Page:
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Discussion Starter · #1 ·
Hey!

I currently have 2 fancy rats, and they are around the 7 month old mark. They are lovely, one is very confident and the other is getting there!

We had bought a third and fourth rat, much younger to try and bond them. However, one of this pair came to us with respiratory issues and has sadly passed away, so we are now trying to get the lone rat bonded as fast as possible.
Rat 1 from the first pair gets along well with him, and they frequently have playpen time together (though they live in different cages). Rat 2 however, is very very territorial. He goes for the 3rd rat and has drawn blood, which we know is not great. He puffs himself up and acts very sheepish, and then gains confidence and tries to attack.
We know they have to establish their dominance, as we saw it with the other two rats when first introduced. However, this aggressive rat seems to be taking it much further than just showing dominant behaviour, and acts as though he is going for the kill.
The 3rd rat is only about 3 months old and is much much smaller.

The aggressive rat does not show this behaviour to his brother, or to any humans.

Does anyone have any tips??

We have:
-put their cages within smelling distance
-mixed their toys around so they can get each other’s scent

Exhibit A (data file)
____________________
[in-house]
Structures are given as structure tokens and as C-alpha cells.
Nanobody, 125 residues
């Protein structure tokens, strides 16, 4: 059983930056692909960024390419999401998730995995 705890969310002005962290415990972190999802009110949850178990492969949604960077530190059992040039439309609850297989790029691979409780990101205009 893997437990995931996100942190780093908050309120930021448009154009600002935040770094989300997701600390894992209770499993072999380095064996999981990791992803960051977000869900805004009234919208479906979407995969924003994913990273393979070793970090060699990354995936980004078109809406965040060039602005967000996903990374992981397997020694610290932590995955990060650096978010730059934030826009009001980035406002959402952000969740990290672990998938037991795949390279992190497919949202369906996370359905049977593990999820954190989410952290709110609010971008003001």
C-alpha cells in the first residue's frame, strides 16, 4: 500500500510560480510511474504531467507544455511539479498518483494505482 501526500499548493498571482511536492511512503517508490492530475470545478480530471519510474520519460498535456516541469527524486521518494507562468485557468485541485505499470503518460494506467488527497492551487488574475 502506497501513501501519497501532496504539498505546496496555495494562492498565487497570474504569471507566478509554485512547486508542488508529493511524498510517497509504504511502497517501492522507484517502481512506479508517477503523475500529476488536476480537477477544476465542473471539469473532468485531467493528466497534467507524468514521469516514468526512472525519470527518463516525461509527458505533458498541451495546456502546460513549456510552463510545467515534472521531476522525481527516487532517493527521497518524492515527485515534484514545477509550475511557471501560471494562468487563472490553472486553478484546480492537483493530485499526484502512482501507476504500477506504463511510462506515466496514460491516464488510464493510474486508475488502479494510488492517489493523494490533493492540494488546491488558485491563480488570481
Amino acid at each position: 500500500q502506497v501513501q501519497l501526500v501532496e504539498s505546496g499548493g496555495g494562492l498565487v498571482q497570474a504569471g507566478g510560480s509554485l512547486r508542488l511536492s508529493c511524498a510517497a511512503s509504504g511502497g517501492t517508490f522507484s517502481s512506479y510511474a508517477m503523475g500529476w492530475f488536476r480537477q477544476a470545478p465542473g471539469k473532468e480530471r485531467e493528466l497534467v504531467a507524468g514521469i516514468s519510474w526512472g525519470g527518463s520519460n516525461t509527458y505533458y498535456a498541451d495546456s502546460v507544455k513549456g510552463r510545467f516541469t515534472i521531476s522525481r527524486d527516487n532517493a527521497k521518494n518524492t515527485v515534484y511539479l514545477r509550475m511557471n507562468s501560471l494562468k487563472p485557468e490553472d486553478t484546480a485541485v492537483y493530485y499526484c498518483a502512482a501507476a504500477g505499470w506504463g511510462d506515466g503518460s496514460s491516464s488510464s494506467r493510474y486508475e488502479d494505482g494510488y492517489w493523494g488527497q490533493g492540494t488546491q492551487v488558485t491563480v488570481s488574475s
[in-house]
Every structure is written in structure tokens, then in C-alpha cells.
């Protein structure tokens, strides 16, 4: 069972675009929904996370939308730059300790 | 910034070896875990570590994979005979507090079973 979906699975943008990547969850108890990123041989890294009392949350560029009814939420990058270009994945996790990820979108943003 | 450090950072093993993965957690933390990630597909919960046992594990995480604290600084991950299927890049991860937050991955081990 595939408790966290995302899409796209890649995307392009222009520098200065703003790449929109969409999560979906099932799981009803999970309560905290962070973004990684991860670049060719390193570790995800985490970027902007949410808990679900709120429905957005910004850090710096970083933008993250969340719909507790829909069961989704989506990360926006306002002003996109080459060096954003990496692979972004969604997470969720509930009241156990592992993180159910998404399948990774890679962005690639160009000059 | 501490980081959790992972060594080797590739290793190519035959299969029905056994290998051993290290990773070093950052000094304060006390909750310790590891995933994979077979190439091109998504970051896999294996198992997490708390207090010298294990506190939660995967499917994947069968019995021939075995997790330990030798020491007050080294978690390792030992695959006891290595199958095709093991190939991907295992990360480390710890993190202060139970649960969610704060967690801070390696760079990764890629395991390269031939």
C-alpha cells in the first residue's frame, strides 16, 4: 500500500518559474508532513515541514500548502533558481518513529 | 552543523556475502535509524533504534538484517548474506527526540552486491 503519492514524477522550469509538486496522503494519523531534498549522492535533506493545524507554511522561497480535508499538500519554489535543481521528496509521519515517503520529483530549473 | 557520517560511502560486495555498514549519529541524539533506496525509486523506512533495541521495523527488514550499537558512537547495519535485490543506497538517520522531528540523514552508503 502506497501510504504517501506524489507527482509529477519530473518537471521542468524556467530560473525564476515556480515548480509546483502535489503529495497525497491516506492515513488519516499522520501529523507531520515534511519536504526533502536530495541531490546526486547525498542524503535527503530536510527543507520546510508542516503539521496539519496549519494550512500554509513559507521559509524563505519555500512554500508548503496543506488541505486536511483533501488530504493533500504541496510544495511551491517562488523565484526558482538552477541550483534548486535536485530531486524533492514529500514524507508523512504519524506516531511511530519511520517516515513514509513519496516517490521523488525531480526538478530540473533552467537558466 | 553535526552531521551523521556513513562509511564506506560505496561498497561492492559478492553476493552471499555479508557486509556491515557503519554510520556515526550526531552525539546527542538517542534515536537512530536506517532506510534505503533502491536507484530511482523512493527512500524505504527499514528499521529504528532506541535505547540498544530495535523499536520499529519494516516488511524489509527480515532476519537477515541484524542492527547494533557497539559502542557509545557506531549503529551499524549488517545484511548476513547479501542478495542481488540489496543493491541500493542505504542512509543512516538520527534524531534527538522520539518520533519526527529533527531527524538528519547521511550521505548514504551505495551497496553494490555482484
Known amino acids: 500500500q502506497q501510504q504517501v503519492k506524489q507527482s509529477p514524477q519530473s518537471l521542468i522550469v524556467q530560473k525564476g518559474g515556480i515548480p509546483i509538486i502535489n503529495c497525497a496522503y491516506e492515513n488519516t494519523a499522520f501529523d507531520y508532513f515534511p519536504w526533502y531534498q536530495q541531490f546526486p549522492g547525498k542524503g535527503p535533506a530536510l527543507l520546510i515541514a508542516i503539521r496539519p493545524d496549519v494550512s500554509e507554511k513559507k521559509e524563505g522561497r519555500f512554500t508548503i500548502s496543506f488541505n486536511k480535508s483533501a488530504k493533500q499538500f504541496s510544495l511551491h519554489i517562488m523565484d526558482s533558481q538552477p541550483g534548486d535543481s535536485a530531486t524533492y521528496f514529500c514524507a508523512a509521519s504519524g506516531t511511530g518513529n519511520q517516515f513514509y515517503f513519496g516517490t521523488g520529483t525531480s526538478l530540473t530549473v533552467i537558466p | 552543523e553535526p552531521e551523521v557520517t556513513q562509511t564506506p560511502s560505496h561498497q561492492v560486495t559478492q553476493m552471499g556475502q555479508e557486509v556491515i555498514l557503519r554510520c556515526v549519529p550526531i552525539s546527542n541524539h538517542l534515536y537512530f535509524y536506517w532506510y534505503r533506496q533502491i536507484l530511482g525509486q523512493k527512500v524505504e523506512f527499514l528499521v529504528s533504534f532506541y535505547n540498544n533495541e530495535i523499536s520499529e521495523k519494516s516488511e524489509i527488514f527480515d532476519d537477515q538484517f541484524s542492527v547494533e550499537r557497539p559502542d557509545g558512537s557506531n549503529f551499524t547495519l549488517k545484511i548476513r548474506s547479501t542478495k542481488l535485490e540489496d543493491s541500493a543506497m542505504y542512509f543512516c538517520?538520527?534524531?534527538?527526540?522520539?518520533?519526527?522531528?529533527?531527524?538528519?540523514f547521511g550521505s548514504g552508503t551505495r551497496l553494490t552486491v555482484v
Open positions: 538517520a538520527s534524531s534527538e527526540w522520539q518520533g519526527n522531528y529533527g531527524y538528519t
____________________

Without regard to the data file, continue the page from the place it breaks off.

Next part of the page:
-introduced food as a distraction to the aggressive rat when trying to bond
 

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PEW, hooded, & berkshire feeders
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It takes at least 3-4 months for a rat to become full-grown. Young rats can be apart of a larger mischief with various ages, but it's important for them to have at least one companion of a comparable age + size. Though it might not be preferable, you can easily find young rats at chain pet stores like Petco/PetSmart. I would recommend getting one and then keeping the two pairs separate until further notice, possibly permanently. A little tussling is to be expected but the level of aggression your territorial rat is showing is dangerous to your little one. While it's less common with domesticated ones, rats absolutely can and sometimes will kill each other. Also, are your rats male or female?
 

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Discussion Starter · #3 ·
It takes at least 3-4 months for a rat to become full-grown. Young rats can be apart of a larger mischief with various ages, but it's important for them to have at least one companion of a comparable age + size. Though it might not be preferable, you can easily find young rats at chain pet stores like Petco/PetSmart. I would recommend getting one and then keeping the two pairs separate until further notice, possibly permanently. A little tussling is to be expected but the level of aggression your territorial rat is showing is dangerous to your little one. While it's less common with domesticated ones, rats absolutely can and sometimes will kill each other. Also, are your rats male or female?
Hey! My rats are male, so we are considering neutering the aggressive rat. We very well may also have to purchase another rat to go with our younger one just in case, which is not ideal as there is always the risk of them not getting along too, but it may be the safest bet for all our rats.
 
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